Extreme weather, from heatwaves to floods, has captured headlines and our mindspace in recent times. And it looks like it’s here to stay, especially until the world comes together to make drastic changes that can help bring back a sense of equilibrium. In this ever-changing landscape, building homes and structures that can stand the test of time and climate change while not adding to the environmental degradation can be a mammoth challenge. But it’s a challenge that Monish Siripurapu and his team of Ants at Ant Studio have been tackling relentlessly for over a decade.
Monish took inspiration from one of the most amazing architects to be found in nature – ants. Right from building fascinating, thermodynamic ant hills to the way they communicate with each other, Monish has imbibed the learnings from ants to use natural materials to build modern habitats. After graduating from the School of Planning and Architecture, Monish founded Ant Studio in 2010 with the intent of fusing Art, Nature and Technology to create structures that push the needle – not just from a sense of aesthetics, but to offer solutions that foster a sense of harmony for his clients. Using his learnings, he went on to develop an artistic, all-natural cooling solution called CoolAnt that uses terracotta to provide a low-energy alternative to air conditioners. Edited excerpts from our interview:
One big trend we’re noticing is that a lot of people are moving out of cities, people are coming to us not just for second-homes in the lap of nature but primary homes where they work remotely. This has given rise to eco societies where people are consciously thinking about how they contribute to the land and culture around them. And what’s been great to see is that sustainability is no longer a second thought, people are coming to us with intent – we are now starting to talk to clients about carbon emissions right at the beginning and keep it in mind for every important design decision, right from the building materials to the facade.
I wouldn’t name one particular material, but we’re super excited about building with terracotta. We’re exploring many different ways in which we can include it in place of cement. Holistically, you cannot build with just one material but now our conversations are not just about the cost but how each choice affects the overall impact. The most important thing to keep in mind is how we can maximise local materials while building – it doesn’t make sense for us to fly materials across the world in the quest to be more sustainable.
I’ve always been inspired by the works of Geoffrey Bawa, Gaudi and even Da Vinci. My early work consisted of a lot of sculptures inspired mostly by nature forms. But really, CoolAnt was one of the biggest turning points in my life. We went into it without knowing much about what we were doing – we first conceptualised this as an art installation inspired by a beehive that can cool its surroundings for a factory in Noida. We were not anticipating the kind of response we got after that first installation and we wanted to do justice to the idea – we went back to research to understand how we could take this solution and tailor this to different spaces.
We conducted comparative analysis for different materials. Comparatively, terracotta emits much less carbon emissions. Terracotta has been a material we’ve used for different purposes since ancient times, like for building matkas to keep water cool. Talking about cooling, terracotta is hydroponic in nature and has the unique ability of being solid as well as porous due to which it allows water to evaporate from its surface and provides a cooling effect in the surrounding. Another thing that makes it so attractive is the life cycle – once it reaches the end of it’s usable period, it becomes earth again. We’ve also considered using ceramic before but since terracotta can be made by local craftspeople and doesn’t require incredibly high temperatures, we’ve focussed on this material.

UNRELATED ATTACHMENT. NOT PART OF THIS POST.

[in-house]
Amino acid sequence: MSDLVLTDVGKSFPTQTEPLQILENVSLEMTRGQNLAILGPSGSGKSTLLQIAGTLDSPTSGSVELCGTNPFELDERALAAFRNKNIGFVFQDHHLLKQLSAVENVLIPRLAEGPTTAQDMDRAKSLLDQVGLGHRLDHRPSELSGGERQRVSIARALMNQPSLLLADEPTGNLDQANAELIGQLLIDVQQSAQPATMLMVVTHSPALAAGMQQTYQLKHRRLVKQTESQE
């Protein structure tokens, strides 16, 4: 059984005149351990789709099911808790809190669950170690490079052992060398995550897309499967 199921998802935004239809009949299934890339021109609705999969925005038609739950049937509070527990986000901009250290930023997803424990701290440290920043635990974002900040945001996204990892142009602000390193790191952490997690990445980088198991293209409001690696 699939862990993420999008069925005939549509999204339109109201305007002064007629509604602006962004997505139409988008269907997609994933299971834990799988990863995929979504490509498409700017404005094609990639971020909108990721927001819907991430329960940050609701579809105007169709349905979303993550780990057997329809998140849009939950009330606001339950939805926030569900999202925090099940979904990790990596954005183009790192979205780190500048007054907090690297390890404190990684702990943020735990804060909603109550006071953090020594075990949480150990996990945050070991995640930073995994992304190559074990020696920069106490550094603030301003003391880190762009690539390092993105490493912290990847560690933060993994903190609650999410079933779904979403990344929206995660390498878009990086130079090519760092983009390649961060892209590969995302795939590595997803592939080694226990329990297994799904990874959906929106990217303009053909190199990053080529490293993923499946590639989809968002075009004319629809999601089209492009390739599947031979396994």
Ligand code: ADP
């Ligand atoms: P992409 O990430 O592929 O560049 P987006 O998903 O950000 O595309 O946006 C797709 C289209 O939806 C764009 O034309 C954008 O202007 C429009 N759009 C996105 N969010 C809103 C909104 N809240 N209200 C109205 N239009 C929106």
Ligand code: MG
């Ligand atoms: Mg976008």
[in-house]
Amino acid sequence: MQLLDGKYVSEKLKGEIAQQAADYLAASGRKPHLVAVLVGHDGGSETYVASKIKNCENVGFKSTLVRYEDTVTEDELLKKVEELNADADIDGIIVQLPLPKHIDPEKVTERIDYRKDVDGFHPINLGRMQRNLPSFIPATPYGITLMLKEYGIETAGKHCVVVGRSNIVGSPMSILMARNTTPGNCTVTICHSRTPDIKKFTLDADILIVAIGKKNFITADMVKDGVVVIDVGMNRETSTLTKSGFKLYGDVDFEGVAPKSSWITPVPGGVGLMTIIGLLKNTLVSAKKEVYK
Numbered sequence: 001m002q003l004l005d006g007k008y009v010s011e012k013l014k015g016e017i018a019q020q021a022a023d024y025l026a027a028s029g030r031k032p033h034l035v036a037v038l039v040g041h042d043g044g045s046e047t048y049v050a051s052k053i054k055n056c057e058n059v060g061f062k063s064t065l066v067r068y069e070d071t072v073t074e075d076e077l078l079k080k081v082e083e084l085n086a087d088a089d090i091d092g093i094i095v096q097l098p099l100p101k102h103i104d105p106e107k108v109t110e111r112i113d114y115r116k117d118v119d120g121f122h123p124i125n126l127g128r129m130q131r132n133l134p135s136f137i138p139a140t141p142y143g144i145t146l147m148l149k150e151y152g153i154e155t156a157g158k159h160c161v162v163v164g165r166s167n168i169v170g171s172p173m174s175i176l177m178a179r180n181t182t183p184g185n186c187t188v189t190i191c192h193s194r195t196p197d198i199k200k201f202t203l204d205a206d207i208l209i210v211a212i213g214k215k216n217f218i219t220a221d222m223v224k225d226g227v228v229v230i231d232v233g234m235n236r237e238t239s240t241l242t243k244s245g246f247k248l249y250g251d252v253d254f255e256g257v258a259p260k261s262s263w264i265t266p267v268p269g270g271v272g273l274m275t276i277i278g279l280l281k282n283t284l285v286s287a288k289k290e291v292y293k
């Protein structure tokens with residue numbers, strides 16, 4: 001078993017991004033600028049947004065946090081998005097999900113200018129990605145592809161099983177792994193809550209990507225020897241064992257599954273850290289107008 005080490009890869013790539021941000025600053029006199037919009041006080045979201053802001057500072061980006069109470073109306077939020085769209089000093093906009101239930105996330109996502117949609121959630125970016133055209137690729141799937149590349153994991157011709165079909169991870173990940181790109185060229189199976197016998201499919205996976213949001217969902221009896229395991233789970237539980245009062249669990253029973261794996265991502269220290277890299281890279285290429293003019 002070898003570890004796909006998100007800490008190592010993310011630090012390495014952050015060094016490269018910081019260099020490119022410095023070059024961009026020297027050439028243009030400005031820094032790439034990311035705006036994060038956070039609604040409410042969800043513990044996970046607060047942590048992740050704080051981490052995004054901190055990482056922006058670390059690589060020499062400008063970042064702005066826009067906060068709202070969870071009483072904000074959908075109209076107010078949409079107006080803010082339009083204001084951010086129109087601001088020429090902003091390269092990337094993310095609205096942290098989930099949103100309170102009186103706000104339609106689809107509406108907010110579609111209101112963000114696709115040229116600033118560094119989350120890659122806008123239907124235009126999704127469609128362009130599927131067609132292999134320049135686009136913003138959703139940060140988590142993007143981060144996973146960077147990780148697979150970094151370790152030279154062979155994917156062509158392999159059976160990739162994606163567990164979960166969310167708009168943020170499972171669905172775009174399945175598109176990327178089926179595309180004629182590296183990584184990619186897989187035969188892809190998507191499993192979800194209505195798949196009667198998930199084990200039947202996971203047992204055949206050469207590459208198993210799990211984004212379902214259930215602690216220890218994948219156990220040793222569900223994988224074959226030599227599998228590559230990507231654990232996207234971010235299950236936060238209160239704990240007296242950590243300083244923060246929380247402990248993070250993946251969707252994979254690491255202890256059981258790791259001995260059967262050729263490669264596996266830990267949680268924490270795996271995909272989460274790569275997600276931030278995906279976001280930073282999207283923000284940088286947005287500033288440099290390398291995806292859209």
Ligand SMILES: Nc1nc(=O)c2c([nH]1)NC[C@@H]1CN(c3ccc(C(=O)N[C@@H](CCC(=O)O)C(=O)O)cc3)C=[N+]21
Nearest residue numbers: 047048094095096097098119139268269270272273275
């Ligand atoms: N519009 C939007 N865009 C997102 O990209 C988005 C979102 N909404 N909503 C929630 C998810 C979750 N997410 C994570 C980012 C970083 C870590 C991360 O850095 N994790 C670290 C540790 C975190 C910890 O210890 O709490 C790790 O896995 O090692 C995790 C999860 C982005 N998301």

Currently, mechanical air conditioners and coolers have led to a ‘cooling paradox’ where cooling the world is warming the planet. Our mission with CoolAnt is to reduce our dependence on air conditioners with CoolAnt systems that use the evaporative cooling technique and consume less electricity.
The response has been tremendous and overwhelming. Even through the challenges of the pandemic, we’ve received a lot of inquiries. We’re seeing CoolAnt becoming a regular feature in our homes and factories, and we’re trying to service as many requirements as we can and have installed CoolAnt products in 25 projects. We’ve also just launched the beta program for Ether – our personal cooling product that can simply be plugged in on your desk to experience the power of cooling. Once we get more insights into how the performance and experience is first-hand, we’re excited to ramp up production and actually make this product available to a larger audience.
This is basic but it’s the most important element – natural ventilation. It’s not just cheaper in terms of cooling and energy consumption but it’s crucial for your health. Another thing I recommend is having overhangs while designing so that you can reduce the amount of heat entering the homes. A lot of good design decisions can be made by exploring the traditional techniques relevant in that geography. And lastly, question your materials – understand where they come from and see what are the local elements available around you.